What it does:
1) It displays the time, day, and date. It also keeps track of the year, leap years, and adjusts automatically for daylight savings time.
2) It displays the temperature.
3) It has seven independent alarms, each of which can be set for different days of the week. For example, one alarm can go off at 5am on Tuesday, Wednesday, and Friday while another can go at 6am Monday and Thursday and a third can allow me to sleep until 7 on weekends.
4) In the event of power failure, the clock keeps time anyway. The alarms and display don't work when the power's off of course, but when power comes back on the time will be correct and it remembers the alarm settings.
5) It announces special events. Today is New Year's Day, so the bottom line of the display alternates between day/date (shown above) and the message shown below.
There are over 150 of these special events programmed into the clock, including family birthdays, oddball holidays (Squirrel Appreciation Day, anyone?) and so on. On my kids' birthdays it even tells me the age of the kid. (A useful bit of information that sometimes escapes the geek mind, as you probably have noticed —or forgotten— already.)
How it does it:
The brains of the unit are supplied by an ATMega328 Boarduino (Arduino clone). This keeps the display up to date, turns alarms on and off, and runs the user interface. It also stores and displays the various special events for the year.
Accurate timekeeping is provided by a DS1307 real-time-clock chip. This chip also has 56 bytes of spare EEPROM which I use to store the alarm information in the event of power loss. Communication with the microcontroller is via I2C bus.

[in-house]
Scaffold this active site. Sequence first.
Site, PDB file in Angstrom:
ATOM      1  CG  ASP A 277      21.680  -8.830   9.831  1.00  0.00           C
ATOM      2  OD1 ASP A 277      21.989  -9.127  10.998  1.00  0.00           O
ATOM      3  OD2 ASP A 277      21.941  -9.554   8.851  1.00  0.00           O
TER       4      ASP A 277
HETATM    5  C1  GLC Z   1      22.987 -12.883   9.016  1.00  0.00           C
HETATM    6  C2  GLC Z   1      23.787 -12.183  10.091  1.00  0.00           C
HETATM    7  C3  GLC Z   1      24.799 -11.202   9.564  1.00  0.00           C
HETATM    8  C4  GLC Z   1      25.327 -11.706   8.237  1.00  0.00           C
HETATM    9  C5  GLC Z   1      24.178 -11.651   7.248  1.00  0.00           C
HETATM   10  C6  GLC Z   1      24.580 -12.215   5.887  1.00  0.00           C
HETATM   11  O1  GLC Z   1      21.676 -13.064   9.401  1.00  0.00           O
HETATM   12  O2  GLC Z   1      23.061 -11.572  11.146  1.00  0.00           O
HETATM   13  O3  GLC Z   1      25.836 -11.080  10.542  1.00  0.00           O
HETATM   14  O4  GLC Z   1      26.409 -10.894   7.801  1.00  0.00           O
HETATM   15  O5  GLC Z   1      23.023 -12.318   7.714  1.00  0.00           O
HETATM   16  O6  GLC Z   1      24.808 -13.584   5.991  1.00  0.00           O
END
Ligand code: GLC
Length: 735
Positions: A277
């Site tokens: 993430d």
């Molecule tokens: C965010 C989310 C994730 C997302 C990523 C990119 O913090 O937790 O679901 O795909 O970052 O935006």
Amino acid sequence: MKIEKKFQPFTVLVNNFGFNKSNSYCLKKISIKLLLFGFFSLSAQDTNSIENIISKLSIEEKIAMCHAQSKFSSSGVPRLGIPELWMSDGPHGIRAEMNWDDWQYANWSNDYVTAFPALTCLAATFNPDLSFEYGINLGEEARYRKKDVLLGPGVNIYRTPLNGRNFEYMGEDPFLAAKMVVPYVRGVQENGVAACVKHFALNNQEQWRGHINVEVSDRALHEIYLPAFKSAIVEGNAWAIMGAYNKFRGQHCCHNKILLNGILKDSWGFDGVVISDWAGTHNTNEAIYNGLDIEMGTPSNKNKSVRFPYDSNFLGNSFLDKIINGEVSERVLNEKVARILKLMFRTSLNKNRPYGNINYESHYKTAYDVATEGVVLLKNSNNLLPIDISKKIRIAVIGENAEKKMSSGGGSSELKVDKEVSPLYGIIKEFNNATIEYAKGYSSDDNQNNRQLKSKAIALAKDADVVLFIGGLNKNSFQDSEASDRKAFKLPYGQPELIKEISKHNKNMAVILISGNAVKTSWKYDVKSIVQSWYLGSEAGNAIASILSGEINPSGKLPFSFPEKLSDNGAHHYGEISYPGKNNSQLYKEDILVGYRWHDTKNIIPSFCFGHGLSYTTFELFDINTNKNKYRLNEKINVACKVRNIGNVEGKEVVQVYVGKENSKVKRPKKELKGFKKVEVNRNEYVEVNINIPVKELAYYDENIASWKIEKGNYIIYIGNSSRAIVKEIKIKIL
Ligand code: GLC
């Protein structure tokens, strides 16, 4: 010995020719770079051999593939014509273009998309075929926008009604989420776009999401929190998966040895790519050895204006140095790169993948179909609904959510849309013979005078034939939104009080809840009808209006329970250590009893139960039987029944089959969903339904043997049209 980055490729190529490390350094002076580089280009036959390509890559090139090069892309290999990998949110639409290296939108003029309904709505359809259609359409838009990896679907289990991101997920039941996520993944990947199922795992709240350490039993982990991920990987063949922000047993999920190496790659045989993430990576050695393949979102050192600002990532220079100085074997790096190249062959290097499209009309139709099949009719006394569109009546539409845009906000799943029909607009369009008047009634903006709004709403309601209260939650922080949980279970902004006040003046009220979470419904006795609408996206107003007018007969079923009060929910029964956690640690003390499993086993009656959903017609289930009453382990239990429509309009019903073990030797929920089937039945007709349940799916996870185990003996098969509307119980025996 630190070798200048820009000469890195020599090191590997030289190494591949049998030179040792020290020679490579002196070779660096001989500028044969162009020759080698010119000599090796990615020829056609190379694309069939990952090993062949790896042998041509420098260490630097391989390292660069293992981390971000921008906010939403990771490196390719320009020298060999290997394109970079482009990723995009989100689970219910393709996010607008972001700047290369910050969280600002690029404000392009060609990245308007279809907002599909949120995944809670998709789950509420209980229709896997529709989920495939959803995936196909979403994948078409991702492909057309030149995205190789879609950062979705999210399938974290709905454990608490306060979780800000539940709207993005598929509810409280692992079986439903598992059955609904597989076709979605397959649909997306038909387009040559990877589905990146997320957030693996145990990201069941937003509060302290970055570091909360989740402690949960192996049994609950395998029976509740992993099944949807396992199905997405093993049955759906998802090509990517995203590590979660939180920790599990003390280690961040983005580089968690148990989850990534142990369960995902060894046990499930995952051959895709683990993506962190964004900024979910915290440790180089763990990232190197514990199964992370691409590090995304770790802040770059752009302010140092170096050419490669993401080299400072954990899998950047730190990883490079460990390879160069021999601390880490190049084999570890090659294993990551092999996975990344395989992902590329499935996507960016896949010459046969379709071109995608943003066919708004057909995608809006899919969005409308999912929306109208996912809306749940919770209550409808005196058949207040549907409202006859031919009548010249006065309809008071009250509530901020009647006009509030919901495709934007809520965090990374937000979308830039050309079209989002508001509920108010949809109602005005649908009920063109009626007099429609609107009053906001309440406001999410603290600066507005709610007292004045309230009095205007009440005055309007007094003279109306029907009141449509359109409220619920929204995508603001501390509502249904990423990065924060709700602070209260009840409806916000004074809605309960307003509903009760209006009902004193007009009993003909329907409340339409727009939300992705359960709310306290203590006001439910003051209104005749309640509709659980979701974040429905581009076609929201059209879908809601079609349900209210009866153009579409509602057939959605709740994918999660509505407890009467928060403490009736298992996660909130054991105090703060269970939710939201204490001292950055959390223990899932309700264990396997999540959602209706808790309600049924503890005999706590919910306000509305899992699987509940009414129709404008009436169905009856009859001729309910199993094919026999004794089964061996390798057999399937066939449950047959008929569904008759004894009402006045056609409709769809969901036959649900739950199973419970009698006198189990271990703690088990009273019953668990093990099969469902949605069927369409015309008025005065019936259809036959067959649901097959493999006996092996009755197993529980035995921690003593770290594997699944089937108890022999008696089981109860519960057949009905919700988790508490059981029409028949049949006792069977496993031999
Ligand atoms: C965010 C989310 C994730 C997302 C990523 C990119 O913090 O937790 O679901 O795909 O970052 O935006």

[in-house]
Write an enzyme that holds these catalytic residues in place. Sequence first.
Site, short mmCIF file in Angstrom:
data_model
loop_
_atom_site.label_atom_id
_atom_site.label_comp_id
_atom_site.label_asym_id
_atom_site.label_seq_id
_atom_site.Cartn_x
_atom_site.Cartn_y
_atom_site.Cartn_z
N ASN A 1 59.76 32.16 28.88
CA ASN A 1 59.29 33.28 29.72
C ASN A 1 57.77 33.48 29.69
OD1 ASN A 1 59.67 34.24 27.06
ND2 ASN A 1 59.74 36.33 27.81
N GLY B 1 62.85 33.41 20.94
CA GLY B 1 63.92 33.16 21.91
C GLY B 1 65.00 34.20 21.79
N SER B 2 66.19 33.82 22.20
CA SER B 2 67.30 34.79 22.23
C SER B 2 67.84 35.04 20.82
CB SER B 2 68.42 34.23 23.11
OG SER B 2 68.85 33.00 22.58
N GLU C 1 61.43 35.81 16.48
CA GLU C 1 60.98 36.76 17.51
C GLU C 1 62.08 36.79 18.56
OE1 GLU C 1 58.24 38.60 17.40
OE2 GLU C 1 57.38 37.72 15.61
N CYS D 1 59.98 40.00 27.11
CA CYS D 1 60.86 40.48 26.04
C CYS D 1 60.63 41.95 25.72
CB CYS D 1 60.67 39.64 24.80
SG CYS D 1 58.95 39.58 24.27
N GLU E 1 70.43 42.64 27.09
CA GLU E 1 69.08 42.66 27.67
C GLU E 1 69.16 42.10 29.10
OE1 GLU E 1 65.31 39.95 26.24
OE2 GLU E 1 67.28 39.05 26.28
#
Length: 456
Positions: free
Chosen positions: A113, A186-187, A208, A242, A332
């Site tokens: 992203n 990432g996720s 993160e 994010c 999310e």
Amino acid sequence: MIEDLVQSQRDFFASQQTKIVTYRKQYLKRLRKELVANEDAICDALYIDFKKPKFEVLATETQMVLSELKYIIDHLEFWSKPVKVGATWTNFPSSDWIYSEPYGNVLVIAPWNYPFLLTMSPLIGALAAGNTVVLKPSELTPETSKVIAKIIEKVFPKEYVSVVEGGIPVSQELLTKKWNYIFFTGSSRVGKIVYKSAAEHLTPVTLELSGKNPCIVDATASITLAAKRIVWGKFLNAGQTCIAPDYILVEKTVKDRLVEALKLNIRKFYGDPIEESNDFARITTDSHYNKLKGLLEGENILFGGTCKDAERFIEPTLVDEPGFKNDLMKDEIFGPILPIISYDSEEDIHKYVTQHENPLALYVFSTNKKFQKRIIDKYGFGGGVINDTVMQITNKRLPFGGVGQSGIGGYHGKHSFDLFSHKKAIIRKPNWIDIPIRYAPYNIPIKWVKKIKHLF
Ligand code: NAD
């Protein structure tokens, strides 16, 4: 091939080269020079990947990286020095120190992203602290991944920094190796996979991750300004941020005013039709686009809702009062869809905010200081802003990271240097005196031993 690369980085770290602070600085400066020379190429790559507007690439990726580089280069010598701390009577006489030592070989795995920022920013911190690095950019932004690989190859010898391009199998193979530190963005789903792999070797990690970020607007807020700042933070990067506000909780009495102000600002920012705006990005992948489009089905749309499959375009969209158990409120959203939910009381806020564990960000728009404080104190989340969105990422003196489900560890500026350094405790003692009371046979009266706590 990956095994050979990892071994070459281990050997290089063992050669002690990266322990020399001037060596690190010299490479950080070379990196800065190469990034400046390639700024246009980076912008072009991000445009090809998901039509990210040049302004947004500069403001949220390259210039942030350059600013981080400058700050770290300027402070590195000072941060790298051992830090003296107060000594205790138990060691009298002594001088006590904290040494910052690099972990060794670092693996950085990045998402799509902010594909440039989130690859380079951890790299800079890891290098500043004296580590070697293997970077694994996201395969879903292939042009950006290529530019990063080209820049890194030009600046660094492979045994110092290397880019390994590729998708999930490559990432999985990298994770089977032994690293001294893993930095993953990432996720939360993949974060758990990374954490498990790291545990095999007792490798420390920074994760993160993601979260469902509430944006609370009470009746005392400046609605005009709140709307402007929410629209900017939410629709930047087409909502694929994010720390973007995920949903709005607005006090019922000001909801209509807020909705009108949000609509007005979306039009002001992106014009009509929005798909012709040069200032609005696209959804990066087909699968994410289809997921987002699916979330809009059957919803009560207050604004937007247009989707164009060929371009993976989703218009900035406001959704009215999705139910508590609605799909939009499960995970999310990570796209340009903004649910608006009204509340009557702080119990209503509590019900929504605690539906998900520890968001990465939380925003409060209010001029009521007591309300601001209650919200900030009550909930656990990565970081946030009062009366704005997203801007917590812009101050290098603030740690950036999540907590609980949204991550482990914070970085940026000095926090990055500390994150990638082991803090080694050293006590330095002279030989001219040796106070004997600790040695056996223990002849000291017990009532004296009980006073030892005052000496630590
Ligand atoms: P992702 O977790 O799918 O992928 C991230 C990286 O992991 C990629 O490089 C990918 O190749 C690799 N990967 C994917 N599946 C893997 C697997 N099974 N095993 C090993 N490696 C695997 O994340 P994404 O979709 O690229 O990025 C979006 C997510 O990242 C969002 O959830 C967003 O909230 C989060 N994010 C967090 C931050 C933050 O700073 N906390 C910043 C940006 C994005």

The alarm beeper itself is a simple piezo buzzer from Radio Shack, driven off the 9V supply line with a 3904 NPN transistor. The Boarduino can make the buzzer sound without the help of the transistor, but the goal is to not just sound the buzzer but get me out of bed!
Temperature sensing is via an LM35 temperature-sensitive zener diode. This is a great little component! Put in 5V, and the signal line puts out 10mV/°C. It's that easy. I use these, or the similar LM335, in my physics lab quite often.
User input is via a pushbutton/quadrature knob. The user presses the knob to select an action or set a number, and turns the knob to dial in the option of his choosing. Much better than the usual 4-button combination on the top of most alarm clocks.
Here's a cut-down version of the code. I trimmed the getMessage() function in this sample code to just show an example of how the "special events" code works — you'll have to put in the special events of your own choosing. (Or you can email me and I'll send the uncut version.)
Notes about the hardware:
1) The 2x16 character LCD uses the standard Hitachi HD44780 driver and the LiquidCrystal.h library. With some modification you could make it work with other LCDs, although this code is optimized for 16-character lines.
2) I put 0.1µF caps to ground on each of the three switch lines on the rotary switch, in addition to the usual 10k pull-up resistors. This combination nicely debounces the quadrature signal.
3) The DS1307 clock chip requires 3V on the "battery backup" line. It will not work without this.
4) I soldered the crystal directly to the DS1307 chip to minimize any clock error due to crappy breadboard connections.
5) As written, the code requires an ATMega328 or larger microcontroller. The "stock" ATMega168 does not have enough memory to run this program unless you get rid of the alarms or most of the daily specials.
It needs an appropriate case of some kind. I'm planning to etch a small batch of boards for these, driven with bare ATMega328's instead of the Boarduino I used for this prototype, and I'm thinking some sort of retro-steampunk case. I'll post pictures when it's done.
Want to build one yourself?
Download the code here. The hardware is very straightforward, here's an electrical diagram. I don't recommend this as a first Arduino project, though!